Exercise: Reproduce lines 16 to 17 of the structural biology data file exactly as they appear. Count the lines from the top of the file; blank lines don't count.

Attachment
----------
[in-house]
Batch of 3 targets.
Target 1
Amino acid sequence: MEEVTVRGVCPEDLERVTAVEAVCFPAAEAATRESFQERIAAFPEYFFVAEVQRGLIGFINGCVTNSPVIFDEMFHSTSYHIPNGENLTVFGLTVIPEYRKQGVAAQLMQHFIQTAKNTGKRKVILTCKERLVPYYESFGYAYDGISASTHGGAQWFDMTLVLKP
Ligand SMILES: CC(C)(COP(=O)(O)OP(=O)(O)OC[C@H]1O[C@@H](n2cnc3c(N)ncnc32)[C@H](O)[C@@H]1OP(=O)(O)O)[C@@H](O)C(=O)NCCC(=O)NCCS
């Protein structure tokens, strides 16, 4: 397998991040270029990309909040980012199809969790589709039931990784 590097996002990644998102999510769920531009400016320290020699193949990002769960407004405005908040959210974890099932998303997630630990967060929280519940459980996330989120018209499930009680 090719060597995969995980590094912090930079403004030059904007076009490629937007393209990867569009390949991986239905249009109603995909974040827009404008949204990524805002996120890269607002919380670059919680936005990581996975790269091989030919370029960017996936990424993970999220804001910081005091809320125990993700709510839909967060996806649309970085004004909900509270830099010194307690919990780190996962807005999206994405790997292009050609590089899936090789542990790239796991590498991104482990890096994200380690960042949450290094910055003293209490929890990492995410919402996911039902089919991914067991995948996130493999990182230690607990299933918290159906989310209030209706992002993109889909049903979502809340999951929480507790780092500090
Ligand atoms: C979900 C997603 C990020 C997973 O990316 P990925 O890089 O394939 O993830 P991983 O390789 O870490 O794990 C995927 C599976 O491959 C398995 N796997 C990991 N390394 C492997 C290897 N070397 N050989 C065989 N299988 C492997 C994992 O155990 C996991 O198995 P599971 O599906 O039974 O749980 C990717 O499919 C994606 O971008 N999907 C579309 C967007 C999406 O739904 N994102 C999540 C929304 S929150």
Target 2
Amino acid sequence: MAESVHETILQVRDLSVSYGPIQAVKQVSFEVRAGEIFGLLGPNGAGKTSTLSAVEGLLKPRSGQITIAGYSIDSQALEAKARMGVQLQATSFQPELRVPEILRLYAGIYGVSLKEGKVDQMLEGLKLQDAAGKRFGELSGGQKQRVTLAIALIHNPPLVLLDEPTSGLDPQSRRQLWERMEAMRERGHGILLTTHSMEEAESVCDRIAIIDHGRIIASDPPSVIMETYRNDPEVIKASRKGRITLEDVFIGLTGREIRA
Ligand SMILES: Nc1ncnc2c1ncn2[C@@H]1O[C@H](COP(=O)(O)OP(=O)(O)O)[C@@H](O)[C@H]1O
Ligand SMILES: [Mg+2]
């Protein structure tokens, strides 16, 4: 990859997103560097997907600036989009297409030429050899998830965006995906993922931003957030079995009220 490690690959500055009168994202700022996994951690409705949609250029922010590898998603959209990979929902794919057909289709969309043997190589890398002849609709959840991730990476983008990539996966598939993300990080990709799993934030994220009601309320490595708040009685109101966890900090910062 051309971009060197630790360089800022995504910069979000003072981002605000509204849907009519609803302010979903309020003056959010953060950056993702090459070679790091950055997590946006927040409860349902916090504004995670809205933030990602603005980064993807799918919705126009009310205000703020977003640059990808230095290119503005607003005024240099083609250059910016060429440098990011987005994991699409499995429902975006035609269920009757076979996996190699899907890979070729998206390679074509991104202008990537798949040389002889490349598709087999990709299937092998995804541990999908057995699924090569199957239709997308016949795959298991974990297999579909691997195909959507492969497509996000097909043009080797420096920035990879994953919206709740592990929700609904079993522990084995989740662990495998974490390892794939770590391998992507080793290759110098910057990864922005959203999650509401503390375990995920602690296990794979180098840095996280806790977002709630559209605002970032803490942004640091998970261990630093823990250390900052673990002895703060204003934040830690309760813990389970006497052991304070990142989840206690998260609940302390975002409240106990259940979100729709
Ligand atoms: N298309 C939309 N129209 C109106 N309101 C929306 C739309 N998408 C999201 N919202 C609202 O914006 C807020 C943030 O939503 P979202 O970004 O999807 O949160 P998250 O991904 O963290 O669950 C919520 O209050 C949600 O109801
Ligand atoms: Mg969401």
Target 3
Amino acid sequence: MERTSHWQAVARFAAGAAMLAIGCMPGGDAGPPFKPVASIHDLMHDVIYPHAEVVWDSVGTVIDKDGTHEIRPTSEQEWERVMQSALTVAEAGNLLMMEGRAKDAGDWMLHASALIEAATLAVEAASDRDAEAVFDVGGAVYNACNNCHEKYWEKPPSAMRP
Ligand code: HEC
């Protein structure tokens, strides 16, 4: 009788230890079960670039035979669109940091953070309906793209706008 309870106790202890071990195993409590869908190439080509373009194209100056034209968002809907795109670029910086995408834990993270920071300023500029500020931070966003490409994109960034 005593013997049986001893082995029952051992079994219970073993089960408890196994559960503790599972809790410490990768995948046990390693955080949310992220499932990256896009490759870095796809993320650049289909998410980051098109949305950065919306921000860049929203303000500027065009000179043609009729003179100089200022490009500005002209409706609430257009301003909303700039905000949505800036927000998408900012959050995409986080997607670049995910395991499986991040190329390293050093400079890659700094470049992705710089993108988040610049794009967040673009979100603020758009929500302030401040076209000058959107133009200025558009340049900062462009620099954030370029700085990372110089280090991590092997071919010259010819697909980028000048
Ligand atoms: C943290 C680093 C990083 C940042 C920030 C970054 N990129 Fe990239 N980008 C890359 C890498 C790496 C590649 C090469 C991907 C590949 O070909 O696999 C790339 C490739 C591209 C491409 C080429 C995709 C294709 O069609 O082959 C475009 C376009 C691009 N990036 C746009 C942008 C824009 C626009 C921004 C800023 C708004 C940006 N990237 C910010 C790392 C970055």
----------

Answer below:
Amino acid sequence: MERTSHWQAVARFAAGAAMLAIGCMPGGDAGPPFKPVASIHDLMHDVIYPHAEVVWDSVGTVIDKDGTHEIRPTSEQEWERVMQSALTVAEAGNLLMMEGRAKDAGDWMLHASALIEAATLAVEAASDRDAEAVFDVGGAVYNACNNCHEKYWEKPPSAMRP
Ligand code: HEC